School Board nominees vie for at-large position

Published 8:20 am Friday, February 6, 2009

FRANKLIN— Two school board nominees said Tuesday they would make hiring a strong superintendent their top priority if appointed, but they disagreed about the effectiveness of current disciplinary policies in the city schools.

Nominees David Benton and Ellis Crum were interviewed for about an hour each by the City Council. A third nominee, Phyllis Crum, who is the wife of Ellis Crum, withdrew from consideration.

In a statement released on Wednesday about her withdrawal, Phyllis Crum said, “We received wise counsel from leaders in our community that we respect a great deal and followed their advice. I withdrew my name from consideration at great personal sacrifice.

“I support Ellis’ nomination, and I hope they see the quality of the man he is and the expertise he can bring to bear on behalf of our children. His record of service and leadership skills can be of great use to our School Board. The City Council would do well to select him.”

The school board’s at-large seat became vacant last month when the state attorney general determined that Benton’s appointment last spring was invalid because the city failed to formally notify citizens of the meeting as required by the state Freedom of Information Act.

About 40 citizens listened Tuesday as the council asked a wide range of questions to both candidates, including their opinions on school uniforms, Standards of Learning achievement, funding and parental involvement.

When Mayor Jim Councill asked each candidate what his top priorities would be if appointed, both nominees said strong leadership in the superintendent’s seat, which the board is currently working to fill.

“We need a superintendent who has a passion for children and is willing to give a long-term commitment to this community,” said Crum. “We need to provide some stability, so they should be committed for at least five to seven years.”

Said Benton: “We need to hire a superintendent with leadership skills to a degree I could never express to you. Franklin has suffered from a lack of leadership for the past three to four years in that position.”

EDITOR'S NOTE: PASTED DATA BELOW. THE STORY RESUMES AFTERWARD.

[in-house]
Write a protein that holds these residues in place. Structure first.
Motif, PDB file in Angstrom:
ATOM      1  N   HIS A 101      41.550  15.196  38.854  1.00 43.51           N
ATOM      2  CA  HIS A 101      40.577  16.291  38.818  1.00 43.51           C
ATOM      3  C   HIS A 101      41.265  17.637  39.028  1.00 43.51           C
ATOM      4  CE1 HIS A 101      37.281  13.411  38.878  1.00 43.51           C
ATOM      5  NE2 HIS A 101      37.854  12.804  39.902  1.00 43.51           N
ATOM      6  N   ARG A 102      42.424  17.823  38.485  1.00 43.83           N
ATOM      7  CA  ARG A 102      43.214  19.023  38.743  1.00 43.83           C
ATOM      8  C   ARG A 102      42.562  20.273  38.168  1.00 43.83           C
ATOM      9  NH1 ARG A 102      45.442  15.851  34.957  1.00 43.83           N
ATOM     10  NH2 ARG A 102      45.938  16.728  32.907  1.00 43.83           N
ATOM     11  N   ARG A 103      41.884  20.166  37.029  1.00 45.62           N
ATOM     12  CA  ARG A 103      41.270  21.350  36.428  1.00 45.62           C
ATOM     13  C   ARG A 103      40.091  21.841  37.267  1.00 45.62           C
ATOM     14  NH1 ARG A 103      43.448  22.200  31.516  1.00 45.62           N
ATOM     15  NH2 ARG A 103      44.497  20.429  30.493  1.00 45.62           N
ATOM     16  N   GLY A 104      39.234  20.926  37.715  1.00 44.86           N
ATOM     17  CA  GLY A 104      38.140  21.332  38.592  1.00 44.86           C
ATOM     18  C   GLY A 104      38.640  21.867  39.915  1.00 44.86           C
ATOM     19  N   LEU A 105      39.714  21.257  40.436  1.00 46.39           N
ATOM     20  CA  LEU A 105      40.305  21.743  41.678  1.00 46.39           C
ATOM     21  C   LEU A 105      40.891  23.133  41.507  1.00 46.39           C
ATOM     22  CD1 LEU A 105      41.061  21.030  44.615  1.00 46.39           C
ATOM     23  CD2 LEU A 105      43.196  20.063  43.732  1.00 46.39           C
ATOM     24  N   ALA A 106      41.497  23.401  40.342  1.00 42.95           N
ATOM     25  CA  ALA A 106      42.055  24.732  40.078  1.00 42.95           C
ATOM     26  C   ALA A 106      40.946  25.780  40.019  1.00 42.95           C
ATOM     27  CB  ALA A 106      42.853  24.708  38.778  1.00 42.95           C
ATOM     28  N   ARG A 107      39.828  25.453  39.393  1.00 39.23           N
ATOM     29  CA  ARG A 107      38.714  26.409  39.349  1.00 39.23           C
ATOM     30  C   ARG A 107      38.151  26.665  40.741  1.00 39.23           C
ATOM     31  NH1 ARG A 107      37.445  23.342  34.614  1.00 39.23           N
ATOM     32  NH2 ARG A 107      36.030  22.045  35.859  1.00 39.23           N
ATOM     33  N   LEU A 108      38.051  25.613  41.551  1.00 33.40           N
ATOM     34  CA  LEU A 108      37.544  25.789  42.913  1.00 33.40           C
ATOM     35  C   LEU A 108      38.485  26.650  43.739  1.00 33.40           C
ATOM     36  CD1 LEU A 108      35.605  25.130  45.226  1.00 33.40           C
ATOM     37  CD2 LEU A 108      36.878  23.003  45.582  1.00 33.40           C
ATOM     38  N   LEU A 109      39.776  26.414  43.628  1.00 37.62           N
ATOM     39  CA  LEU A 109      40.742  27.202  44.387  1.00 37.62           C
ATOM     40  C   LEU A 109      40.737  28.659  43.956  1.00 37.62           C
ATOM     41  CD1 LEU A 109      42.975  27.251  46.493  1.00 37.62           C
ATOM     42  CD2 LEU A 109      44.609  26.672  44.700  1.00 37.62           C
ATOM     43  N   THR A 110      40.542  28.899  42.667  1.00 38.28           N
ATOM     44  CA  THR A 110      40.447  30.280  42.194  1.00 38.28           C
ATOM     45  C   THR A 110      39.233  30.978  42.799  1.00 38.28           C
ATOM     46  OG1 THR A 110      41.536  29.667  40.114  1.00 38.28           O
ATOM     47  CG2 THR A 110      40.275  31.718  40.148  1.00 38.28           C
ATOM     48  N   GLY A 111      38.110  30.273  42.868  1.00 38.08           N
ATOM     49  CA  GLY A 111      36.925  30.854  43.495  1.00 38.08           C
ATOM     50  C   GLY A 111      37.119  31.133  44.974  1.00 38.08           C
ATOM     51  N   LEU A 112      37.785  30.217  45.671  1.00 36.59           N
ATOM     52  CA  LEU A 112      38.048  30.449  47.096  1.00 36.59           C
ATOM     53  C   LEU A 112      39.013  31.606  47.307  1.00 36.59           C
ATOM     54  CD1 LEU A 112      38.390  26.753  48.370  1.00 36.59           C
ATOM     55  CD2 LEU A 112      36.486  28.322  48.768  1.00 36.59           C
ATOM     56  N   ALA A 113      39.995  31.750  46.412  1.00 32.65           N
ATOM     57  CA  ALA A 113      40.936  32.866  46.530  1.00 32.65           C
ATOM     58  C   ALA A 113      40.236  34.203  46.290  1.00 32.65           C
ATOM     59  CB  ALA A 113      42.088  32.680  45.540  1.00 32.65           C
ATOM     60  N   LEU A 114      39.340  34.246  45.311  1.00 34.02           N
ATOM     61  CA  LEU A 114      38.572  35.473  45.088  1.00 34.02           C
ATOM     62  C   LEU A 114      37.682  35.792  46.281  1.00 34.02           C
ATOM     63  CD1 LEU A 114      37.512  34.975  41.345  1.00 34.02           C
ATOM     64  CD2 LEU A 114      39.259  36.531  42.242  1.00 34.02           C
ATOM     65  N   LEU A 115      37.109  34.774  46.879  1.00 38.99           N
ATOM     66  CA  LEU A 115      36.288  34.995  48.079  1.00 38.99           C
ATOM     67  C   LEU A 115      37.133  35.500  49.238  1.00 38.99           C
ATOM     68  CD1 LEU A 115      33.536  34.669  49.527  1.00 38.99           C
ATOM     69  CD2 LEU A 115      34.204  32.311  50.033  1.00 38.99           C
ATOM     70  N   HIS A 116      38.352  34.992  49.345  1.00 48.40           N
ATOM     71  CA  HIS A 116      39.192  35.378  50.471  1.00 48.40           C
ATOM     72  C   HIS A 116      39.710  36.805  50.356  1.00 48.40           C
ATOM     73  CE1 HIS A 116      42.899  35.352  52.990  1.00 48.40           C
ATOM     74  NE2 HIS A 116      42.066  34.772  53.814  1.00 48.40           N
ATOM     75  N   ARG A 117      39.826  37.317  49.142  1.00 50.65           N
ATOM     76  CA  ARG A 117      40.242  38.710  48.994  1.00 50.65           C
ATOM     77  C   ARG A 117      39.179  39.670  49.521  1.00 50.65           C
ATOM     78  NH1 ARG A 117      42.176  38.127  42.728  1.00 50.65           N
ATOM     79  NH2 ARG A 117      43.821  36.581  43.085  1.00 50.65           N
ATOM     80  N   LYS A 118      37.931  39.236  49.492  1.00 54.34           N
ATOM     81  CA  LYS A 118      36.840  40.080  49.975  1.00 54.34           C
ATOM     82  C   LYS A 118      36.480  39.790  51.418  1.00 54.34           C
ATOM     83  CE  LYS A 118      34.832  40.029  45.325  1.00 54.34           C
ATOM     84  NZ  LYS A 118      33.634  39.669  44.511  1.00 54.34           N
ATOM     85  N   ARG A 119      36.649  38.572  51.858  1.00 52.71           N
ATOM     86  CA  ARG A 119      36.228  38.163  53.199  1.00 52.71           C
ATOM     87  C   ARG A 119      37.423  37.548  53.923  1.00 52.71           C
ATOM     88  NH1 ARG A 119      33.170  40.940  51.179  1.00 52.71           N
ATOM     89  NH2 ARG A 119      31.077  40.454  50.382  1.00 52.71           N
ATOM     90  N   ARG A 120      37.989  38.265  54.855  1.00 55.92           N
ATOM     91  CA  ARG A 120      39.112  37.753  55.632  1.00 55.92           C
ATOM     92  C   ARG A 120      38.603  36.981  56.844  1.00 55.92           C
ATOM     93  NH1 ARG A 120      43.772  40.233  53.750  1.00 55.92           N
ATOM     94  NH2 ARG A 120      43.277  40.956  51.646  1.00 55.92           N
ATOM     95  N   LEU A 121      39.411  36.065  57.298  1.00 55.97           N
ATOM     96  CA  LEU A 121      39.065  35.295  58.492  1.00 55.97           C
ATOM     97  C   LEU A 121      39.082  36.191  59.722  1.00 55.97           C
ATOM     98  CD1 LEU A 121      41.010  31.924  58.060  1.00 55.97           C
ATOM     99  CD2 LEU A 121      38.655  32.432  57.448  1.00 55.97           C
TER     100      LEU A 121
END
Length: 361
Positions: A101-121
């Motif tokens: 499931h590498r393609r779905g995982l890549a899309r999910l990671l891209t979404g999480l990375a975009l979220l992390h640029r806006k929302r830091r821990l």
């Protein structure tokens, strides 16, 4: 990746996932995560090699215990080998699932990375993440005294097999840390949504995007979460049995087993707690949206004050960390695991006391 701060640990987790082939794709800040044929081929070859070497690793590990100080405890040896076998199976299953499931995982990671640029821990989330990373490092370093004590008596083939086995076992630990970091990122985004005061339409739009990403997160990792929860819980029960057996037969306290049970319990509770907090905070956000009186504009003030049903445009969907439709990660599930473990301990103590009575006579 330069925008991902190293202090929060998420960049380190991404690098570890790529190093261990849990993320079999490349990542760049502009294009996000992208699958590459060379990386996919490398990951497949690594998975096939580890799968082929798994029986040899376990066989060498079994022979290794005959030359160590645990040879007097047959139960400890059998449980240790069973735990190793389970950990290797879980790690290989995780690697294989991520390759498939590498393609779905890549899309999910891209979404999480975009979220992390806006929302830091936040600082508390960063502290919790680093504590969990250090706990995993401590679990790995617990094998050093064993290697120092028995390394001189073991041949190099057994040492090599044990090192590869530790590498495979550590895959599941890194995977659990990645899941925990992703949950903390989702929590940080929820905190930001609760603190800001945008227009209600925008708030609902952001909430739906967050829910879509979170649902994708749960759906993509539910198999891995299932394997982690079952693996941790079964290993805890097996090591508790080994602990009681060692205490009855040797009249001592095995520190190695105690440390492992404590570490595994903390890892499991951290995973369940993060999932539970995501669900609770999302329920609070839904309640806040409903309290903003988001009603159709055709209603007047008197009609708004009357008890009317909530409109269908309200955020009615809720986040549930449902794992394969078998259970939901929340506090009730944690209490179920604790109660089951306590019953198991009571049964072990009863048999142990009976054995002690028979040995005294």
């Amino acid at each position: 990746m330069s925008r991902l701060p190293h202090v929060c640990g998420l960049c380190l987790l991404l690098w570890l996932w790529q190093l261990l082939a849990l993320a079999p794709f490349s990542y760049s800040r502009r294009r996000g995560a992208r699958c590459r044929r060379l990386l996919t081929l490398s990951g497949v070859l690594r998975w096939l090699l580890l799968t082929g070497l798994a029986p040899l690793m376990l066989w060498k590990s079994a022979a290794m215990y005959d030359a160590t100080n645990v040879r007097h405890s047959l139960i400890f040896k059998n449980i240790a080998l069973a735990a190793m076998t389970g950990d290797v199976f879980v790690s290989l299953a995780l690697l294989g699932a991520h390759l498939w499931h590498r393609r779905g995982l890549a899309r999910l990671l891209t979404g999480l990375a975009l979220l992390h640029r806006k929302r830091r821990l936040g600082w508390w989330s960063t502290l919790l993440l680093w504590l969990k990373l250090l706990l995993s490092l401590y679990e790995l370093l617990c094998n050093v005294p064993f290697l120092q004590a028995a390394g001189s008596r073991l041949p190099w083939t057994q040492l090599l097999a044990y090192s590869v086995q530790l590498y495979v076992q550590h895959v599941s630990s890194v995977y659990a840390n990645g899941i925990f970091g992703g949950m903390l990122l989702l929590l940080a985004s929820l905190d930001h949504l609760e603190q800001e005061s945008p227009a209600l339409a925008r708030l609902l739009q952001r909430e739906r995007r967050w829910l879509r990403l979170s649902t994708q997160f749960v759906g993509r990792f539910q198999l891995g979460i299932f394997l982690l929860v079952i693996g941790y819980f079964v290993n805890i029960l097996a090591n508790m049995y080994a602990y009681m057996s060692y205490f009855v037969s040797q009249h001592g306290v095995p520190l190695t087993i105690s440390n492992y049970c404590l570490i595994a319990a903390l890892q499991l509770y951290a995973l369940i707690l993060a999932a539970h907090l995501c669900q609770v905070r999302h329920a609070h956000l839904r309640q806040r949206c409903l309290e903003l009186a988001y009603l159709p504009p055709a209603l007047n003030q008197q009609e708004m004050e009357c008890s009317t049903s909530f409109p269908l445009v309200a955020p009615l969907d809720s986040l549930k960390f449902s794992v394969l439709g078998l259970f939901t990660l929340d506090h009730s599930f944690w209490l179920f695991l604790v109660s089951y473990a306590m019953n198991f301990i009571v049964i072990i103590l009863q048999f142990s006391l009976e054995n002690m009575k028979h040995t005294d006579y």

After being asked by Councilman Barry Cheatham to express their opinions on school discipline, the nominees differed on the subject of in-school suspension practices.

Benton said he believes in the current policy.

“The alternative education program is an active program within the school division. The students (placed in alternative education) are expected to perform just like other students. They aren’t just sitting in the classes doing nothing,” he said.

Crum said he has spent some time in those schools and was displeased with what he observed.

“There was no class work being done,” he said. “I watched the students doodle and play football. In-school suspension needs to have one of the strictest disciplinarians overseeing it. It has to be more of a regimented environment so that it becomes a place these students don’t want to be.”

The other hot topic of discussion for both candidates revolved around the issue of parental involvement. Both candidates acknowledged that parental involvement in the school system is lacking and spoke out about how the issue could be resolved.

“I’m of the belief that the school is there to support me as a parent,” Crum said. “We engage the parent. Parents are not a disruption to the school. We don’t make the parent feel like an outsider when they come to the school. School can be an intimidating place, especially for the parent who may not be as educated or intimidated by education. If we treat parents like partners I think we will have more parents involved.”

Crum also suggested the board could go out in the community and knock on parents’ doors to engage them further.

“We can sit down with the parent and say, ‘Let’s talk about what we can do to help your child do better,’” he said.

Benton suggested that students could encourage parents to become involved.

“I think you reach the parents through their children,” he said. “Parents will come to the school if there’s a reason.”

Benton gave examples of children participating in plays and family reading nights.

“Those are the kinds of things that will get the parents into the schools,” he said. “Once we get the parents there, they realize that ‘gee the school isn’t the bad place I perceived it to be.’”

After the council members completed their questions, Councill said council members would consider the appointment in closed session and likely make a decision at Monday’s council meeting.